Besides, the U.S. is still smarting from the work of A.Q. Khan, the Pakistani nuclear scientist and father of that nation's atomic weapons program. In addition to spying for Pakistan and pilfering technology from other nations in order to build the Pakistani arsenal, Khan has committed the cardinal sin of supplying other Muslim nations with nuclear know-how. Though technically under house arrest in Pakistan, Khan is widely revered throughout that nation and may even be more popular than its president. So long as Khan remains alive and ready to assist in the development of any Pakistani nuclear weapons program, the United States will never legitimize Pakistan's nuclear ambitions.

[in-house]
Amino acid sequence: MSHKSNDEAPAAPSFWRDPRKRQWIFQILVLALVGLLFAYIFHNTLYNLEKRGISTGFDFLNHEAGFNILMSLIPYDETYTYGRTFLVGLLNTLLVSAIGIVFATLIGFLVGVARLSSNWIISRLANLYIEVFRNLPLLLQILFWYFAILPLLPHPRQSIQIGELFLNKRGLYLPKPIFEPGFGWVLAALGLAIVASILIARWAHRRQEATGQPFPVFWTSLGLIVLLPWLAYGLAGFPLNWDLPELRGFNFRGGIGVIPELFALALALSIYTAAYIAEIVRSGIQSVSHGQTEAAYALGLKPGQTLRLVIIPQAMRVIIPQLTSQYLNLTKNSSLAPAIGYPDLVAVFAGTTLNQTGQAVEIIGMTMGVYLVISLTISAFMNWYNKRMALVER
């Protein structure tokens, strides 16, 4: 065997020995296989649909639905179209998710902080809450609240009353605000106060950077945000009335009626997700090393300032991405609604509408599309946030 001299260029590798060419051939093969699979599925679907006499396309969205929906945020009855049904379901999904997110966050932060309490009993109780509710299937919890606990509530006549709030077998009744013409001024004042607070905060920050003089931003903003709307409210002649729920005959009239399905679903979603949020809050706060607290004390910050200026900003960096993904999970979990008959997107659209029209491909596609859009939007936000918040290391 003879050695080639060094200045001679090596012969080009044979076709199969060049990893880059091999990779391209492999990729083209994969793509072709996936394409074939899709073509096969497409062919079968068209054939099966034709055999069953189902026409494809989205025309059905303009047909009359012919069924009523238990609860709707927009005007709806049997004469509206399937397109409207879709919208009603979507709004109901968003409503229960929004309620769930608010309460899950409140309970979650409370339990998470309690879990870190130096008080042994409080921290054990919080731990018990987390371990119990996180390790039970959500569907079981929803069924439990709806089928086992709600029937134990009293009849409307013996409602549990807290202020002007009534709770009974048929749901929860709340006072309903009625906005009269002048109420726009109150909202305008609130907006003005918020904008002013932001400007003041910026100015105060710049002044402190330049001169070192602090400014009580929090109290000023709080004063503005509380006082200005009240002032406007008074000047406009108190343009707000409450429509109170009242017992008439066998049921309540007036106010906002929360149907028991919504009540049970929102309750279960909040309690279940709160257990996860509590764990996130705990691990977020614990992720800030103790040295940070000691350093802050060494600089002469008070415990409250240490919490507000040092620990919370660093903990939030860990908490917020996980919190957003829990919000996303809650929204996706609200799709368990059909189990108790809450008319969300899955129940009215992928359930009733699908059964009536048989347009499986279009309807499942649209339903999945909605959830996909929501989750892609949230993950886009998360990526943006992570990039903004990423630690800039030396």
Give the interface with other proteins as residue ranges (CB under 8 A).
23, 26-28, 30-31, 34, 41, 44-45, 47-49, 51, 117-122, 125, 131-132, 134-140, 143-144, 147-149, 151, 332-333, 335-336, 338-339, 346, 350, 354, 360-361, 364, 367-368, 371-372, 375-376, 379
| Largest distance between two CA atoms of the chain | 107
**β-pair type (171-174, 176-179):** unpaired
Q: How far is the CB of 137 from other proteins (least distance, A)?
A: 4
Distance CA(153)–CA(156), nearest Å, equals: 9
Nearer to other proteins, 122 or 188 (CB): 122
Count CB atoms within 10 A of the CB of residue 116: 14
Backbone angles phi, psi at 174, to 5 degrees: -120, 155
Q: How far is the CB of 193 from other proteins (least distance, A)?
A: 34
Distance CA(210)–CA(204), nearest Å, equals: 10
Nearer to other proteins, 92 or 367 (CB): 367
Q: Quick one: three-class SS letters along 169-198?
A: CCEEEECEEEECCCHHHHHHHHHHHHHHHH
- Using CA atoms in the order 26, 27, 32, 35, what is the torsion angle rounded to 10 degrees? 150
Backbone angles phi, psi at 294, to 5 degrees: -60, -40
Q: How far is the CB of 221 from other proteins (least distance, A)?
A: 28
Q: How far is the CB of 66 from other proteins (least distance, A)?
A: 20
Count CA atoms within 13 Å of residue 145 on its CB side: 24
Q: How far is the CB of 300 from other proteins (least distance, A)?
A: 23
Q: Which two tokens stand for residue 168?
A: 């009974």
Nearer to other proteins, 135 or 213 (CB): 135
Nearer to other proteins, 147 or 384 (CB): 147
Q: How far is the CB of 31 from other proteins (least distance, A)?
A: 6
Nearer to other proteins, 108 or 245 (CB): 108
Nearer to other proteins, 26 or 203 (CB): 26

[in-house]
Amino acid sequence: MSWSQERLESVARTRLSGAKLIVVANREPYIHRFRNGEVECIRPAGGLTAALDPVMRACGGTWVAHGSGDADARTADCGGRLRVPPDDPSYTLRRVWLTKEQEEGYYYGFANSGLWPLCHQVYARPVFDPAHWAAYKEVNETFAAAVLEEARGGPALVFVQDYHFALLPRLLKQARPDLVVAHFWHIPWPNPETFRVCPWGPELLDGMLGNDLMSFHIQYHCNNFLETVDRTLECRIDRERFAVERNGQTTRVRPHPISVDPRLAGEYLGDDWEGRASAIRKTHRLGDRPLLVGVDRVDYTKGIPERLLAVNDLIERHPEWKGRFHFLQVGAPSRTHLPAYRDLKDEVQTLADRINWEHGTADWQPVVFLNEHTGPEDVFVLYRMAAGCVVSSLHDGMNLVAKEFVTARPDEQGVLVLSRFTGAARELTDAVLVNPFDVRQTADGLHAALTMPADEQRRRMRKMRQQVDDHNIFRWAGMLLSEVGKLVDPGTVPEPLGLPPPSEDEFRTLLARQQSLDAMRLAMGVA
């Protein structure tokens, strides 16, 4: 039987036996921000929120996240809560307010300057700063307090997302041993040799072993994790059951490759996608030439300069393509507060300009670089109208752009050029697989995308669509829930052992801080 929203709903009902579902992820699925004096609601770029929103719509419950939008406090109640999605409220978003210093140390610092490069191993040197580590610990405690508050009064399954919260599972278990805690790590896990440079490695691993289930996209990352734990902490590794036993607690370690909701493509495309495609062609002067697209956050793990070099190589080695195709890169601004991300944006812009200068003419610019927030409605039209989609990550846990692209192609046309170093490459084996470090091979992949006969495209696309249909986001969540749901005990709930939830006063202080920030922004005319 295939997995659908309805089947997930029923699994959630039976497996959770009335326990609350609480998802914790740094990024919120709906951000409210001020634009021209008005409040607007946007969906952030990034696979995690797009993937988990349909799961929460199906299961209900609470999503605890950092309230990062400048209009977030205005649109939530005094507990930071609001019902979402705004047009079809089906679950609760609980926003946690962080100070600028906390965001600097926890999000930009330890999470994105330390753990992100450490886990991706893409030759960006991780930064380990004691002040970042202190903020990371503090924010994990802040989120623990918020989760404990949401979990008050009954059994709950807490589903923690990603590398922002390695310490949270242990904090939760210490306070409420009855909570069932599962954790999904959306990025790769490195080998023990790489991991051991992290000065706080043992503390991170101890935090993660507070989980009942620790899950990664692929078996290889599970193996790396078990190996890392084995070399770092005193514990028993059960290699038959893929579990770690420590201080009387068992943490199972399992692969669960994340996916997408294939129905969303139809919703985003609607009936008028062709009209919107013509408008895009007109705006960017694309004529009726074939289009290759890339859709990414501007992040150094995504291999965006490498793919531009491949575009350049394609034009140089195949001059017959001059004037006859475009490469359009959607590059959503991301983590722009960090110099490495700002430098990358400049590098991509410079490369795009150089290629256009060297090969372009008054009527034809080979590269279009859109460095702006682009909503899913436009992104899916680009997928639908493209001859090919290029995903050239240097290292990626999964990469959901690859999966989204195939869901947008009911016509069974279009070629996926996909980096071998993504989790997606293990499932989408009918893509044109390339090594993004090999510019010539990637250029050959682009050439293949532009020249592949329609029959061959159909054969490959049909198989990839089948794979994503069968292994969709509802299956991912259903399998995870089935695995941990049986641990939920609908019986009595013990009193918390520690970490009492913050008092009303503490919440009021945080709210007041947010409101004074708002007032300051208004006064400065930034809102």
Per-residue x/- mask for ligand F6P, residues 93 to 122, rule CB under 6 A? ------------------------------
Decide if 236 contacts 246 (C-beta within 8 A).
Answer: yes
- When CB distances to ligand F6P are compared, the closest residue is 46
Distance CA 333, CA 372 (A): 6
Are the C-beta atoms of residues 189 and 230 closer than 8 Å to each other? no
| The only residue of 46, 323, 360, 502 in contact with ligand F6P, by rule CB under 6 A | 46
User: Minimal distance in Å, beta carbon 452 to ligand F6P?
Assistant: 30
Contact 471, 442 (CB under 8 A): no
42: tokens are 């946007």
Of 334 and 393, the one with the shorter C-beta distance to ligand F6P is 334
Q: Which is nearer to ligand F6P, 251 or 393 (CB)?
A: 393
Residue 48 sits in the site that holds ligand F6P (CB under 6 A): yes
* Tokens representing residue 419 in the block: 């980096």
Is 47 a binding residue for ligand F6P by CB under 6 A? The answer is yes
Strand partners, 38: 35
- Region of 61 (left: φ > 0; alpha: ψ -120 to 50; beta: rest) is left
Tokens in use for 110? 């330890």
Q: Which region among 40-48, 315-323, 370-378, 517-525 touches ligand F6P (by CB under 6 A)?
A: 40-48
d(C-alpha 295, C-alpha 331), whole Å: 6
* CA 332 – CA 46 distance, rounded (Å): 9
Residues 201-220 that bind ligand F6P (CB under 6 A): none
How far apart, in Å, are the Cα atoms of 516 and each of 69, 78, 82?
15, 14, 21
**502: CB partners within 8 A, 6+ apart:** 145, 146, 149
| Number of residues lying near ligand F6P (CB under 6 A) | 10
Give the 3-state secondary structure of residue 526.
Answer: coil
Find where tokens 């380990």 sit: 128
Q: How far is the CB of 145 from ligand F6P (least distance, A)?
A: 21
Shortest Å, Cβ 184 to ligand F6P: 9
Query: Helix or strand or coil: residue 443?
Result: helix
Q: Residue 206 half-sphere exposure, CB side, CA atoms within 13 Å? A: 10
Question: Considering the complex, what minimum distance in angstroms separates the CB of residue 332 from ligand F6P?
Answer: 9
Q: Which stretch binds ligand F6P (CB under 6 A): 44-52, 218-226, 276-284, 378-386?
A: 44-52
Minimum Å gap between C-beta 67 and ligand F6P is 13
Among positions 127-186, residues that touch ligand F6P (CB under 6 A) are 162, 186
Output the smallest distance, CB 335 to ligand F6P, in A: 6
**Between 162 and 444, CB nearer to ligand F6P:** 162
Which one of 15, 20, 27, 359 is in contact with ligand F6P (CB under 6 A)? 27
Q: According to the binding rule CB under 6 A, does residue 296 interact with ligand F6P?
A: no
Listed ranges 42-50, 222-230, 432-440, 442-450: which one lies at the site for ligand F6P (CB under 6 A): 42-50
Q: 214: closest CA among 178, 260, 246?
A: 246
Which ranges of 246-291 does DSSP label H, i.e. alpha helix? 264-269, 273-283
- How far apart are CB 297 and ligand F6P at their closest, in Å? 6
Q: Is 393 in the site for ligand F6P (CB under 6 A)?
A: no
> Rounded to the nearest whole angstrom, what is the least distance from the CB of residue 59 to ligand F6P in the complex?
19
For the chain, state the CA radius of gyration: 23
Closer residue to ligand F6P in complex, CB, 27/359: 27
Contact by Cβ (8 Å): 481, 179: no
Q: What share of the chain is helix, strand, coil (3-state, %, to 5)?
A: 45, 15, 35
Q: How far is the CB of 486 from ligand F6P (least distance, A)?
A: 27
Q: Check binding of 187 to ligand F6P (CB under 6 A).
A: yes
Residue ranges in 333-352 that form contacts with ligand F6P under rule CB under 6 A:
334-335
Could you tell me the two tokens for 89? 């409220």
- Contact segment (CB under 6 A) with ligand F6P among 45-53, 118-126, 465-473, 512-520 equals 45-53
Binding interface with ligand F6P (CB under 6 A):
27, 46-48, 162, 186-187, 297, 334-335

So as Pervez Musharraf recovers from his testicle retrieval surgery, I expect bouquets of flowers from Iran and North Korea to fill the room. Their causes in terms of nuclear expansion have just been furthered to an Nth degree. The corrosive hypocrisy of the Bush administration policy on nuclear weapons proliferation is now naked before the world. One could think of it as, "It's okay to come out of the closet, so long as I'm the one who gets to fuck you in the ass." Or more to the point, " . . . so long as I get to fuck myself in the ass."